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Big 3 reign continues as Djokovic defeats Thiem at Australian Open
Since graduating from Davidson (The College That Stephen Curry Built), I have been writing about sports--just about any and all you can think of!--and coaching tennis in Atlanta, Ga. Beyond the four major sports, I am an avid tennis fan and cover the ATP Tour on a daily basis. If I'm not busy writing, you can generally find me on a tennis court or traveling the world wherever a sporting event takes me.

Big 3 reign continues as Djokovic defeats Thiem at Australian Open

Since graduating from Davidson (The College That Stephen Curry Built), I have been writing about sports--just about any and all you can think of!--and coaching tennis in Atlanta, Ga. Beyond the four major sports, I am an avid tennis fan and cover the ATP Tour on a daily basis. If I'm not busy writing, you can generally find me on a tennis court or traveling the world wherever a sporting event takes me.

When will the reign of the Big 3 end in men’s tennis?

That is the question. It has always been the question. And it is still the question following Sunday’s Australian Open final.

Dominic Thiem came close to toppling Novak Djokovic, but close is not doing him–or any of the other challengers–much good at this point. Djokovic survived a stern test from the underdog Austrian to triumph 6-4, 4-6, 2-6, 6-3, 6-4 for his eighth Australian Open title, 17th Grand Slam title overall, and the Big 3’s 13th slam triumph in a row.

Reign men

That’s right; Djokovic, Rafael Nadal, and Roger Federer have won the last 13 of these things.

But it has not always been easy. Daniil Medvedev pushed Nadal to five sets in last year’s U.S. Open final. Thiem took a set off Nadal even on the Spaniard’s stomping grounds of Roland Garros last spring. The 26-year-old came even closer on Sunday in Melbourne, where he led Djokovic two sets to one and had the world No. 2 looking completely out of gas. Nonetheless, Djokovic found another gear when it mattered most and completed his comeback after three hours and 59 minutes.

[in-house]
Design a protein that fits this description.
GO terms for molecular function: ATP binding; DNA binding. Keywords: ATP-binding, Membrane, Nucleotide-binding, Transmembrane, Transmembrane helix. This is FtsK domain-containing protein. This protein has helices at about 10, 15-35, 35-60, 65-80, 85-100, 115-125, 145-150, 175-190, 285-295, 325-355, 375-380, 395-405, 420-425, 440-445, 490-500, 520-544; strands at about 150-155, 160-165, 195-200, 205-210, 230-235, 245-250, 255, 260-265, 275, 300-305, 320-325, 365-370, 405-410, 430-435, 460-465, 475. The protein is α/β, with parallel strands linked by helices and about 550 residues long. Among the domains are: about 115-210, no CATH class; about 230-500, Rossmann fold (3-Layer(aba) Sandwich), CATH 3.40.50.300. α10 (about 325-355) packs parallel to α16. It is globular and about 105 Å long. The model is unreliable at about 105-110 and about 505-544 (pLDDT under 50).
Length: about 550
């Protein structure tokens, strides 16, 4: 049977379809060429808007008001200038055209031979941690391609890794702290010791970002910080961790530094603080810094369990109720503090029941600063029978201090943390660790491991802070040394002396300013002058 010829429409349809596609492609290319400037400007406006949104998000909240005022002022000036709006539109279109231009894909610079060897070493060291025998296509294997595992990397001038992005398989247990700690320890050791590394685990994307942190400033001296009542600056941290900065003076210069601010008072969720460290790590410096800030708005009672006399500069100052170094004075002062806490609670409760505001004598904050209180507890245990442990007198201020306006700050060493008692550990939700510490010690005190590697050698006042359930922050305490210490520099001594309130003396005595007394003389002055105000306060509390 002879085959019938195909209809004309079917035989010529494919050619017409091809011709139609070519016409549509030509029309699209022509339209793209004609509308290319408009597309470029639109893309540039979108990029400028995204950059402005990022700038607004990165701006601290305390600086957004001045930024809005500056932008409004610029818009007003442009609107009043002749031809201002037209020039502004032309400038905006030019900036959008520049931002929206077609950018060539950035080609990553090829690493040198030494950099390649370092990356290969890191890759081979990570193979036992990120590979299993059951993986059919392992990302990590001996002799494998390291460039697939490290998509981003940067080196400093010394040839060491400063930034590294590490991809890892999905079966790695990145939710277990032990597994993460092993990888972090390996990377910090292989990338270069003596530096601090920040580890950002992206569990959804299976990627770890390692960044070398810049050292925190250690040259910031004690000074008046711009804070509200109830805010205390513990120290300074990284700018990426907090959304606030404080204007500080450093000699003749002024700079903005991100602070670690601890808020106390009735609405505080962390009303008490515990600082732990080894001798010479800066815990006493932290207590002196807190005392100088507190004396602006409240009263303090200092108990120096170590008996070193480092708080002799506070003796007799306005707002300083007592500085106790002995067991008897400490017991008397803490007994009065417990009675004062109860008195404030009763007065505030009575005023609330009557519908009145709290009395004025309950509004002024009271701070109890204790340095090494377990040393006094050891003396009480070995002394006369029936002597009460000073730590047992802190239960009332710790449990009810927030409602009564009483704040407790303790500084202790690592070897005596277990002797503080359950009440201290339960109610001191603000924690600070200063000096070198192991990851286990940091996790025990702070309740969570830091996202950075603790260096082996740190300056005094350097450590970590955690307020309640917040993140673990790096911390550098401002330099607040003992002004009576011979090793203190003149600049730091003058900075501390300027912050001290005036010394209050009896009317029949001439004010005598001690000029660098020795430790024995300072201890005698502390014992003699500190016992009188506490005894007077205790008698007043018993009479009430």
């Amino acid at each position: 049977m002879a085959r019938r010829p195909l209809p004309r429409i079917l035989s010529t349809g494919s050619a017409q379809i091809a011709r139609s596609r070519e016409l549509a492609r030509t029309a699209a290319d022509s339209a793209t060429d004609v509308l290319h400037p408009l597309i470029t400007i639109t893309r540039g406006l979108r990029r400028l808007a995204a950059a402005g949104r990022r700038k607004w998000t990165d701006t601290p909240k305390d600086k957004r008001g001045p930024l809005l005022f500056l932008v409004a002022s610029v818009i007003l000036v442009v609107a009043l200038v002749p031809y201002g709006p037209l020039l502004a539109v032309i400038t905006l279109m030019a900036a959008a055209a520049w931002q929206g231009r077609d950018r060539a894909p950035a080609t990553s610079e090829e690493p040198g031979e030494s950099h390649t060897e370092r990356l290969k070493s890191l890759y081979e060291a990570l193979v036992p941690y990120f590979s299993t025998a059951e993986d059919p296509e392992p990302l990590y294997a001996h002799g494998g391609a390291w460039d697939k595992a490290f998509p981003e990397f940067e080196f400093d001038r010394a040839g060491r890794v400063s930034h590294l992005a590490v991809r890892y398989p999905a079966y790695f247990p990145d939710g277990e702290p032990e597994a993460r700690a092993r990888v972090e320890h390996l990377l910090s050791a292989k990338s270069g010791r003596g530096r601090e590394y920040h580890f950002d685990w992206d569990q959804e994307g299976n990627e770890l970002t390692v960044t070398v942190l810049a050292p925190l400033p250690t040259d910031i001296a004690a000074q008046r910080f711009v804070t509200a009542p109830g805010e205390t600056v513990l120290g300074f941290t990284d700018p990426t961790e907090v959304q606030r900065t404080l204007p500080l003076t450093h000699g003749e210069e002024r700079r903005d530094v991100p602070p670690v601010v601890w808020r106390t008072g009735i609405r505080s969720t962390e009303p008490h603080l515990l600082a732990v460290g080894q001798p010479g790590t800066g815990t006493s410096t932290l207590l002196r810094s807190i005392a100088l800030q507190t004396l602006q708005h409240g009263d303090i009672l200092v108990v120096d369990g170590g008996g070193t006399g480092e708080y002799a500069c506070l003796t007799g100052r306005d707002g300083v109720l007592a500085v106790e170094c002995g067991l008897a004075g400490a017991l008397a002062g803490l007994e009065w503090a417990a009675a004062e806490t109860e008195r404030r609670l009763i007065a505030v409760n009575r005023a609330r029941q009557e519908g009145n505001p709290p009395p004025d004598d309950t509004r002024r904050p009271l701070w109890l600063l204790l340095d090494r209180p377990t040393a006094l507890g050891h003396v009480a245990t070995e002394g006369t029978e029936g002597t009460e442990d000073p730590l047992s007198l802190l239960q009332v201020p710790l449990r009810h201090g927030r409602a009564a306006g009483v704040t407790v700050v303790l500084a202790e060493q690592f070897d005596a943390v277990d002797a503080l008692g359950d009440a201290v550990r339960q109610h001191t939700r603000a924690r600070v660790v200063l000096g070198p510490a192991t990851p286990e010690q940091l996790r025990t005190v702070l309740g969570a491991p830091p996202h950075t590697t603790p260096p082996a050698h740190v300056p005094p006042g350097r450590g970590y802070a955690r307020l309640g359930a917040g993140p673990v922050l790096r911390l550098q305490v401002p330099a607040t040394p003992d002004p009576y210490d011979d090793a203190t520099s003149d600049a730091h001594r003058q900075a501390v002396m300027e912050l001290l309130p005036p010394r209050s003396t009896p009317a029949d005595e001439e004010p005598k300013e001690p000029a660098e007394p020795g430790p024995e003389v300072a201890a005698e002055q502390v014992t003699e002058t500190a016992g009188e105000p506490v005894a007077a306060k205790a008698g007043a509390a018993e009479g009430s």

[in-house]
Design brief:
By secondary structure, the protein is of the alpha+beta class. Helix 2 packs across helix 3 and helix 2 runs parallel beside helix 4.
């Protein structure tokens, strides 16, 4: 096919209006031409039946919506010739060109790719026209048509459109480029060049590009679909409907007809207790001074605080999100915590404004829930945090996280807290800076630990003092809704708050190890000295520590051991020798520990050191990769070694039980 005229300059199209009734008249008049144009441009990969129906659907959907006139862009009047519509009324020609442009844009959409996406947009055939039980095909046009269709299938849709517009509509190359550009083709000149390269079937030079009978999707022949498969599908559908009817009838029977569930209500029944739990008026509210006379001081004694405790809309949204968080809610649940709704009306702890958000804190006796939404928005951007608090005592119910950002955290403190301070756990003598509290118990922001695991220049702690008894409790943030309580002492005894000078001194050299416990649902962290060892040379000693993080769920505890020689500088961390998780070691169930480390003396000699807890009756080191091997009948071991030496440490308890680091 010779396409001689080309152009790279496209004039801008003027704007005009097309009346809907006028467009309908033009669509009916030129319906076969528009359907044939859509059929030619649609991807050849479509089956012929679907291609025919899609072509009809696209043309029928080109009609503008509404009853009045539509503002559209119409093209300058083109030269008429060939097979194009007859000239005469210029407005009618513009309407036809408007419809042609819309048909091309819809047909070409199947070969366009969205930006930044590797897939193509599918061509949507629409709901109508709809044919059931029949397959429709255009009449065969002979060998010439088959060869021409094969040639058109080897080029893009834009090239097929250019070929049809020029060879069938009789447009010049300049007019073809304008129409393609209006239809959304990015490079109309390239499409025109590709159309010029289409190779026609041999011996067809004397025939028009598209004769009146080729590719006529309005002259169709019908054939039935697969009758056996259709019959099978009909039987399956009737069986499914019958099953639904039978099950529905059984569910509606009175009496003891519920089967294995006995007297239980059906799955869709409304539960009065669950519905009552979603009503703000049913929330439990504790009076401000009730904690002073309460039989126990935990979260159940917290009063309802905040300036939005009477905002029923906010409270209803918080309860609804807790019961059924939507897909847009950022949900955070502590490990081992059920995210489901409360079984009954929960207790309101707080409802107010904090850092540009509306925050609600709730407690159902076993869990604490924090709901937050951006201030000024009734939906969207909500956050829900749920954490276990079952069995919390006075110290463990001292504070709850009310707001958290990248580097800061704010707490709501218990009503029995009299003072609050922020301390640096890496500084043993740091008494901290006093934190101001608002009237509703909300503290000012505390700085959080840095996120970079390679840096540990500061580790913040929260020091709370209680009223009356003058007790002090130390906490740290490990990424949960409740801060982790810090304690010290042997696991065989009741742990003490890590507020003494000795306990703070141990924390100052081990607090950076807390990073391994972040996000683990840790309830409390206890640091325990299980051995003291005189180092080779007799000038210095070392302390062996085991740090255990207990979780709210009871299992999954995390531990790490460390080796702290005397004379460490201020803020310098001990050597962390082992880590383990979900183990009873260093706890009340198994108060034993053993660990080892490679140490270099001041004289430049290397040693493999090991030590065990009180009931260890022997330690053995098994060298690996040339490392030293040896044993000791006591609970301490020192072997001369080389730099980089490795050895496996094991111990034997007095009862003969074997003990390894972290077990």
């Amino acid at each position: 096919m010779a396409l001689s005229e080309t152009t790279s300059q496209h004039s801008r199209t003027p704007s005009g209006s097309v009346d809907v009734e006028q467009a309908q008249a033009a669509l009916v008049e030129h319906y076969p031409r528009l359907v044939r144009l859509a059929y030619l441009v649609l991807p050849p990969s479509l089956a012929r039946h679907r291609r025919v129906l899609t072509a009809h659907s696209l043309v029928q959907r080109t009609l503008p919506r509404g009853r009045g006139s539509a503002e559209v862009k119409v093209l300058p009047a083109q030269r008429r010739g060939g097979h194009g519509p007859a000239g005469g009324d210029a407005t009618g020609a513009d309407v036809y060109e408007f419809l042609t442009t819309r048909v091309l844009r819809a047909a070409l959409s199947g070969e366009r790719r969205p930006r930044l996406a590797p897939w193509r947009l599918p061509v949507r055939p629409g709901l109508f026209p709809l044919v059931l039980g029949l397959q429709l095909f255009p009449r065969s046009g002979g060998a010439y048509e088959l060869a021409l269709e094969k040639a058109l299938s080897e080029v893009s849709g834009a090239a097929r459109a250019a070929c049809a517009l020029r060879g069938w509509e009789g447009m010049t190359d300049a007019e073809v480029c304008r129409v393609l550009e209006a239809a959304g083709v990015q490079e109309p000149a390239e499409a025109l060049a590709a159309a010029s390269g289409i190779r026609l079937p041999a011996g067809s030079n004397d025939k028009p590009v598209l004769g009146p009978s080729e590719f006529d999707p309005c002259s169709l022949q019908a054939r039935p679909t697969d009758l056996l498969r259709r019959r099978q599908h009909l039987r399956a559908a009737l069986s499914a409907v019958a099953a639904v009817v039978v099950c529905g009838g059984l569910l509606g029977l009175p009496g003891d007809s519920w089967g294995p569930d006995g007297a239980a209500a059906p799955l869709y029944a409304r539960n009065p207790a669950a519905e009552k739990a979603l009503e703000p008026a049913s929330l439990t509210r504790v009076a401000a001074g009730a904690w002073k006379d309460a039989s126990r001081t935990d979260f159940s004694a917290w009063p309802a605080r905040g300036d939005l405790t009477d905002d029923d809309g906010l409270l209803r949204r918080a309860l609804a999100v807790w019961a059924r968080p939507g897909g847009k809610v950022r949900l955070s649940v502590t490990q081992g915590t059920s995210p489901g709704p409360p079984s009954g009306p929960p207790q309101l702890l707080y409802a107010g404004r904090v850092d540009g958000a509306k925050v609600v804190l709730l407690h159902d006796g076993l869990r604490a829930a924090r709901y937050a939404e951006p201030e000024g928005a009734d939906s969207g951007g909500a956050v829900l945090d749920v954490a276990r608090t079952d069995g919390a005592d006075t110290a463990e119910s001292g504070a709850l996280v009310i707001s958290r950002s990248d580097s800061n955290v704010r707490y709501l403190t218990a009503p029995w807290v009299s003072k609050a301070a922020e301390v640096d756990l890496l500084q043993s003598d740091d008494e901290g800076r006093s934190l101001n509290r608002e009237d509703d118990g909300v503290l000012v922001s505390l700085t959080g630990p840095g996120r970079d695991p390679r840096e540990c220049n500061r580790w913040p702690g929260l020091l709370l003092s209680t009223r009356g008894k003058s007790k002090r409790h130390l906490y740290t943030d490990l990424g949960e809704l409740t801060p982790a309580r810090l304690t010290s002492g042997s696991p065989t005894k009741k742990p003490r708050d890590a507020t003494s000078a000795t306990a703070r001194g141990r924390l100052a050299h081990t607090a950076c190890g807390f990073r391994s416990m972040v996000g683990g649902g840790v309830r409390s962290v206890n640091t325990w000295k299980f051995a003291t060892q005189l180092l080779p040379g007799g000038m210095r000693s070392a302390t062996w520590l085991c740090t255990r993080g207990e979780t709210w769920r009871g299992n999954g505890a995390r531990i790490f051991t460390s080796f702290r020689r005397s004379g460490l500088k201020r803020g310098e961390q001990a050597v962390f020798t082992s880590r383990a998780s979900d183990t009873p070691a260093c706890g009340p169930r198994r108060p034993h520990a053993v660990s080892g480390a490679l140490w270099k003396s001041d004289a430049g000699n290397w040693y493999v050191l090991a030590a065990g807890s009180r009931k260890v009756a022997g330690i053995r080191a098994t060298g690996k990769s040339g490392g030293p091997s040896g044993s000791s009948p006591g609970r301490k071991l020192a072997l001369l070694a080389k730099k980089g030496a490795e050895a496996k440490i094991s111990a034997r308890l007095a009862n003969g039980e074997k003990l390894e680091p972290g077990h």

How much longer?

How much longer can the Big 3 go? Federer is 38 years old; Nadal is 33; Djokovic is 32. Although time is not on their side, they are also showing no sings of slowing down–Djokovic and Nadal, especially. The Serb has won five of the last seven majors by himself, with Nadal taking the other two. The trio is only five slam triumphs away from its longest-ever streak, an 18-slam stretch from the 2005 French Open through 2009 Wimbledon (17 of those 18 were won by Federer and Nadal alone).

The younger generation surely cannot wait to see those goes retire, but at the same time Thiem wants his first slam victory to come during this current era.

“These guys brought tennis to a complete new level,” said the world No. 5, doubling down on his statement during the trophy ceremony that he was glad to play in the Big 3 era of tennis. “They also brought me probably to a much better level. “Of course, it would be or it was easier for sure in a different era to win big titles; that’s 100 percent. But I’m happy I can compete with these guys on the best level. I really hope also that I win my maiden slam when they’re still around because it just counts more.”

At this point, though, Thiem and company should simply hope to win one at all. Who cares about they do it?

Their next chance comes at the French Open, which is the toughest location of all. Nadal has won 12 of the last 15 at Roland Garros. Since 2005, only non-Big 3 member has prevailed there. That would be Stan Wawrinka, who is 34 years old and a three-time Grand Slam champion. He certainly isn’t part of the younger generation trying so desperately to break through.

Nadal is a -110 favorite to get the job done in Paris, while Djokovic is a +300 second choice and Thiem is not far behind at +400. Our free tennis expert picks will have you covered for the French Open and all of the other big tournaments in 2020.

Last updated: Sun 2nd February 2020
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